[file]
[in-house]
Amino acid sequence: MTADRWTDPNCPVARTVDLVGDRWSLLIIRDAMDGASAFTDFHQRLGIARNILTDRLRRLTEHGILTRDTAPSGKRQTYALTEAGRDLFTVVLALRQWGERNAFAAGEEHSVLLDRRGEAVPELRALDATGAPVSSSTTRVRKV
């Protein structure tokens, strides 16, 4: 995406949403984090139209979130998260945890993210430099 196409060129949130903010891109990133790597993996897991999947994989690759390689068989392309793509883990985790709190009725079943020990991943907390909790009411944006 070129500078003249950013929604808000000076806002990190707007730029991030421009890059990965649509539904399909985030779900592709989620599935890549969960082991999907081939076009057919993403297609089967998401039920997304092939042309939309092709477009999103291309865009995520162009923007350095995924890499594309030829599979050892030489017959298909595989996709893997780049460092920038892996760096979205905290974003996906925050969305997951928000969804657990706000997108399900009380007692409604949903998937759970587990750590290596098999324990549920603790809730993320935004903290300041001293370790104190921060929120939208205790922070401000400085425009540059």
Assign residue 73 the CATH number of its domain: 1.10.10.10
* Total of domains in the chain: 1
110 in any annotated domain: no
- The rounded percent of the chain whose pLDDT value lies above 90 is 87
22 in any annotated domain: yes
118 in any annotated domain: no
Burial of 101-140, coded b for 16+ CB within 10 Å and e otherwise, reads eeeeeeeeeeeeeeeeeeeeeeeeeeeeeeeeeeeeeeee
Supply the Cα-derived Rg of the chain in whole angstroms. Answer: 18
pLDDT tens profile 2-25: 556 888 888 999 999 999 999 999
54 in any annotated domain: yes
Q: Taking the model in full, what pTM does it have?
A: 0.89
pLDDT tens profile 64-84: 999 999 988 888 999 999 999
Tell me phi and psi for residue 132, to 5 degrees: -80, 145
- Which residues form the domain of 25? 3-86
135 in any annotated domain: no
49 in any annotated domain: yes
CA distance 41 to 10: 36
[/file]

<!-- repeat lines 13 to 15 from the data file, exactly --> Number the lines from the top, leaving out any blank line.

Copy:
54 in any annotated domain: yes
Q: Taking the model in full, what pTM does it have?
A: 0.89